Chance to transcend status as practice legend arrives for Notre Dame WR Kevin Austin Jr.

Tyler James
ND Insider
Kevin Austin Jr. during Notre Dame football practice Thursday, Aug. 12, 2021 at the Irish Athletic Complex in South Bend.

In Notre Dame’s only spring practice of 2020, Kevin Austin Jr. dominated. 

The wide receiver, who spent his 2019 sophomore season suspended and impressing teammates on the scout season, showed the promise of a future star in Notre Dame’s offense. 

Two surgeries to correct a breaks in his left foot later, the potential that so obviously exists within a healthy Austin has yet to be realized. But somehow that bright future still seems inevitable, especially after listening to Austin speak.

“I’m probably better than I was back then,” Austin said of his March 5, 2020 self. “My foot is way better than it was before that.”

That first spring practice of 2020 came just days after Austin was a popular topic of former Notre Dame players at the NFL Scouting Combine. Wide receiver Chase Claypool declared Austin was going to be a star. Defensive end Khalid Kareem expressed how much he wished Austin would have been able to play in 2019. 

Before the combine, cornerback Troy Pride Jr., who was tasked with covering Austin in practice, described the difficulty in covering him on ND Insider’s “Pod of Gold” podcast. 

“Some of the catches he had were incredible,” Pride said in January 2020. “He just has to be trusted. Once everybody can trust him, it’s going to be lights out for him as well. It’s a sight to see what he can do on the football field.” 

More than 19 months and just one in-game reception later, Austin’s teammates still speak of him with the same reverence. The senior is in line to make his first career start in No. 9 Notre Dame’s season opener at Florida State on Sunday (7:30 p.m. EDT on ABC). 

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“He’s a physical specimen,” said Notre Dame All-American safety Kyle Hamilton. “You guys see him. Every single time, he’s like first-team off the bus. He’s big. He’s strong. He’s athletic. He knows how to use his body really well. Great hands. Great ball skills.  

“He’s really indescribable watching him play, because he’s just so smooth to be as big as he is. And he’s competitive at the same time. He’s not complacent.  

“A lot of guys his caliber would tend to kind of coast, but he’s a really hard worker, works really diligently. Kind of motivates me in a sense to grind every single day, to see what he’s doing and see the results he’s had in practice.   

 “I know the results he’s going to have this season. He's going to be a big piece for us, and it’s just the start for him.”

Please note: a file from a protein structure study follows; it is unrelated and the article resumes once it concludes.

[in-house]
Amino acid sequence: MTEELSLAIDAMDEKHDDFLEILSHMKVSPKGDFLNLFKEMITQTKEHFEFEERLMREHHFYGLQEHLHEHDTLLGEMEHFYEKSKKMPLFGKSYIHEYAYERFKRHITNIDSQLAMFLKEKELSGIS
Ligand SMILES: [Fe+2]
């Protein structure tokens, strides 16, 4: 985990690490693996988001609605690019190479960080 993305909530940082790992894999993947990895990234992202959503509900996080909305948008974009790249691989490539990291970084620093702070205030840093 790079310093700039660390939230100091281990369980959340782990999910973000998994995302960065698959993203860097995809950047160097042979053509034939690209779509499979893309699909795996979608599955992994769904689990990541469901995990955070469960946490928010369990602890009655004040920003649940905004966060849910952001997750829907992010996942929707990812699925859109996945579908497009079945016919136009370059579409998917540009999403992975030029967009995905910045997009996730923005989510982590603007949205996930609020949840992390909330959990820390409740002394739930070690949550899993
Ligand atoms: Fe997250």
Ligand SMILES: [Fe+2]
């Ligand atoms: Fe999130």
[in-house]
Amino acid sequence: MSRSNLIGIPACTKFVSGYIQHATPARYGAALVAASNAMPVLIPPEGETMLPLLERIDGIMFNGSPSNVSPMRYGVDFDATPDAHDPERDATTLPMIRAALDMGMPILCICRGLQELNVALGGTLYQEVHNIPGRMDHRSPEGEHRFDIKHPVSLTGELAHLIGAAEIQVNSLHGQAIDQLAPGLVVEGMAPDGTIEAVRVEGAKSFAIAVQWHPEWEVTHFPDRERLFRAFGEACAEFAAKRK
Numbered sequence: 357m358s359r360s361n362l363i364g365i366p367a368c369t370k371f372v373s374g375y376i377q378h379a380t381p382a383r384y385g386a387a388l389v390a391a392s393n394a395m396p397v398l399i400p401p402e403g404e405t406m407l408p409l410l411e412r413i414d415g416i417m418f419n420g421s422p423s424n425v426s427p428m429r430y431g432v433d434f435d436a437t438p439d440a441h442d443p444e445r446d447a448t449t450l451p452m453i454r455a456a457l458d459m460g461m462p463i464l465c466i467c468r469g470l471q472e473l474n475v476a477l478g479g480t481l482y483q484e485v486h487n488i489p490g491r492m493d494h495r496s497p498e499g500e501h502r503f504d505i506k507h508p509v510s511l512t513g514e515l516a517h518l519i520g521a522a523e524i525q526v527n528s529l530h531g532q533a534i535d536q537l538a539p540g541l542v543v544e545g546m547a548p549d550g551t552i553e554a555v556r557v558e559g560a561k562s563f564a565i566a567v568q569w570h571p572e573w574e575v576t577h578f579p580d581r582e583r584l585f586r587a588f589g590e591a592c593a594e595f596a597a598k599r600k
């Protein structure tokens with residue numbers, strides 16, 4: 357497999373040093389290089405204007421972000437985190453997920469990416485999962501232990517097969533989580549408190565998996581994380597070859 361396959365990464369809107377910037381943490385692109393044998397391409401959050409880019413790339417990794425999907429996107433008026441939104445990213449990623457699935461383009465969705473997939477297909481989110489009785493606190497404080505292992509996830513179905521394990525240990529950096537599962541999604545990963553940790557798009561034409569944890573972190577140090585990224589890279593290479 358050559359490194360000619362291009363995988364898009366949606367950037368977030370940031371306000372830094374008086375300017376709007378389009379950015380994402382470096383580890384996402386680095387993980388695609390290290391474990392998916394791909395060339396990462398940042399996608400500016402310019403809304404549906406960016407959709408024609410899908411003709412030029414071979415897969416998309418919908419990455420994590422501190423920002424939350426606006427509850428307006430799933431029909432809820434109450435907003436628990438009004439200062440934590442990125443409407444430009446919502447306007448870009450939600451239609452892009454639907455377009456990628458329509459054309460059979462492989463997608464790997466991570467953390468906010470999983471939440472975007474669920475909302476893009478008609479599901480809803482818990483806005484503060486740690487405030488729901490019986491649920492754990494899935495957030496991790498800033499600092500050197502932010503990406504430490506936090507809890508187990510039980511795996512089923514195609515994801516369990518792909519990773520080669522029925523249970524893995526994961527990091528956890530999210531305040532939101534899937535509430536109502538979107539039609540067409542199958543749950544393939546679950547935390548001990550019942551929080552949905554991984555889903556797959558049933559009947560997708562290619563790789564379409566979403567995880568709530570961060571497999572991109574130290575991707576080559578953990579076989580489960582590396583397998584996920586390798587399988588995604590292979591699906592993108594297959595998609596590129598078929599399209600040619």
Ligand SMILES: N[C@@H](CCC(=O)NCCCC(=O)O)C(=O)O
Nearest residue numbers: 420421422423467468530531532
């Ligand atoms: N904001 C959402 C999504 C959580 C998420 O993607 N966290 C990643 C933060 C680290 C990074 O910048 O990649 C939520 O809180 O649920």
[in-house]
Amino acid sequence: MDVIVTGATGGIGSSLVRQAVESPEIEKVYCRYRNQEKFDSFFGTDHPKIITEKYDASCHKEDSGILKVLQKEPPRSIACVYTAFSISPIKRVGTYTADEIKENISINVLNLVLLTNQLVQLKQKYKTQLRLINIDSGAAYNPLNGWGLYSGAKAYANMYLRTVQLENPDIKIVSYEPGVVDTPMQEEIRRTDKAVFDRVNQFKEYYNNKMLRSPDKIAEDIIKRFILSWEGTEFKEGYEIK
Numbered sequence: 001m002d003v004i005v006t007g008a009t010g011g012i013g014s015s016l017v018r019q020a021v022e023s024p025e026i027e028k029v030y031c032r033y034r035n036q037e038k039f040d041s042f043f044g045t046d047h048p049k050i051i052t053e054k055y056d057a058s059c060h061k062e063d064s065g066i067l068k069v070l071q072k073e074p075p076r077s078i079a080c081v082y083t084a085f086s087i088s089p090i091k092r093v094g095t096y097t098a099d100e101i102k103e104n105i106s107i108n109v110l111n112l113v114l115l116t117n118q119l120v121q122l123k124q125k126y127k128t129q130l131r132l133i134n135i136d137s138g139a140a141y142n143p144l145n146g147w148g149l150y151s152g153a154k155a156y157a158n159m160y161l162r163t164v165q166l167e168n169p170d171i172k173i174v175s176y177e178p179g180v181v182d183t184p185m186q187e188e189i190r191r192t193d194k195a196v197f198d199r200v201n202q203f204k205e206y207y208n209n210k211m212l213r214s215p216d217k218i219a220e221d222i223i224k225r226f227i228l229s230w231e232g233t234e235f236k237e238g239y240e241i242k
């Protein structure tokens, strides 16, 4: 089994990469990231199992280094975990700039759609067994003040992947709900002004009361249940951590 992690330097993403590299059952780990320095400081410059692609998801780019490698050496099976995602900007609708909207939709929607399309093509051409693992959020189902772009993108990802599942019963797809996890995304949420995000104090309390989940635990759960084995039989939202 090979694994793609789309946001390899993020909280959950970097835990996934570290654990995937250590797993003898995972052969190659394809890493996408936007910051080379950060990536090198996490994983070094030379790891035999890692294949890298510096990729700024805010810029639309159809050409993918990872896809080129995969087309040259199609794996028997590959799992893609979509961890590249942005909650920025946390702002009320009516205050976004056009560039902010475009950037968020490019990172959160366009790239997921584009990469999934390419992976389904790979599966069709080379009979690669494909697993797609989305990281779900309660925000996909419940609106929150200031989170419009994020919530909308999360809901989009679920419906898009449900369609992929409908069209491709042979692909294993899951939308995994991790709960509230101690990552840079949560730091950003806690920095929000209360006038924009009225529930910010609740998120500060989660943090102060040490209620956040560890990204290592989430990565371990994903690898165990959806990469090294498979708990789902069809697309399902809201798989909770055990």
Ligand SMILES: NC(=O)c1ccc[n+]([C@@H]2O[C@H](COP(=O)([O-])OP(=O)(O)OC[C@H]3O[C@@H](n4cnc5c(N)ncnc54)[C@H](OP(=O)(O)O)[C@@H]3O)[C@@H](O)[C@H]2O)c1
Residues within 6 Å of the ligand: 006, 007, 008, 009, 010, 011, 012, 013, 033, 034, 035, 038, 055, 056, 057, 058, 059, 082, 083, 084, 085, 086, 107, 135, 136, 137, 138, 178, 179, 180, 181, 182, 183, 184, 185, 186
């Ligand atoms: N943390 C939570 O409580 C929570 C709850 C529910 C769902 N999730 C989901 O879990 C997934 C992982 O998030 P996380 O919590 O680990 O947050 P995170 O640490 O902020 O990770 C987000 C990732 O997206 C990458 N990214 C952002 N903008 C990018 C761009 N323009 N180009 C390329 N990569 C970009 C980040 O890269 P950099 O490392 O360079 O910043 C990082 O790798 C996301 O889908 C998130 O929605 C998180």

Recovering from two foot surgeries 

Not convinced yet? Fair enough. 

It can be hard to be confident in a player who broke the same foot twice in a span of three months last season. Who’s to say a third injury won’t happen? 

The 6-foot-2, 215-pound Austin certainly can’t guarantee that himself, but he can do everything in his power to prevent another foot issue. 

When Austin first suffered a fractured fifth metatarsal on July 29 of last year, he didn’t realize how serious the injury was until after an X-ray revealed it. Surgery to repair the fracture on Aug. 3 preceded rehabilitation and a recovery schedule that would allow him to return to play sparingly against Florida State on Oct. 10.  

Austin turned his first catch of the season the following week against Louisville into an 18-yard gain. Then he broke his foot again in practice leading up to the Pittsburgh game. 

Finally healthy from a twice-broken left foot last season, wide receiver Kevin Austin Jr. has cleared the obstacles in front of him at Notre Dame.

Austin doesn’t regret trying to come back so quickly, but he learned that he probably pushed himself too much once he returned to action. That’s why he has so much confidence in how his foot feels now. 

“The first time after I came back, I could kind of still feel it a little bit,” Austin said. “This time coming back, I feel nothing. I feel no pain, no type of tweaking this, nothing.” 

To keep himself feeling that way, Austin spends time after practices, runs and lifts in the cold tub. He doesn’t want to revisit the pain of watching his teammates from the sideline again. 

“Kev’s done a great job,” said offensive coordinator Tommy Rees. “He's healthy. He’s competed. He's done everything we’ve asked of him. It’s been a progression to get him to where he is.